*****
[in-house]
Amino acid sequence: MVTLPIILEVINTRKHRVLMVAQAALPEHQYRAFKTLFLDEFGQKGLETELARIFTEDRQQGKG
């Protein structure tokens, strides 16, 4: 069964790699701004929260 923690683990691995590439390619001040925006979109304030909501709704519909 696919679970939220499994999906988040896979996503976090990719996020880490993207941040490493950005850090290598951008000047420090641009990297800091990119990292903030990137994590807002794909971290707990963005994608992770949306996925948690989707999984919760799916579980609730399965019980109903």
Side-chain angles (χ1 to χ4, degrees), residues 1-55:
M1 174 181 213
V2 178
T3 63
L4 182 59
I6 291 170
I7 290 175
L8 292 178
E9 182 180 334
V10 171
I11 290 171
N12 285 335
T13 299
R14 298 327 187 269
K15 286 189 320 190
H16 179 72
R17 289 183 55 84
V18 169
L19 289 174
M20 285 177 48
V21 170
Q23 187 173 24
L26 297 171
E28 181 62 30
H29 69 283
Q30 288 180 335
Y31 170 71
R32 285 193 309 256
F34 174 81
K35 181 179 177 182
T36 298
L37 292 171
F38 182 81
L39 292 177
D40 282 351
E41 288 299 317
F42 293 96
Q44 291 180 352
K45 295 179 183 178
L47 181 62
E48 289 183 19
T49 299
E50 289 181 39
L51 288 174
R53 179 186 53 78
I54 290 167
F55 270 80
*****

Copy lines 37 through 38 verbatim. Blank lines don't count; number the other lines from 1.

L39 292 177
D40 282 351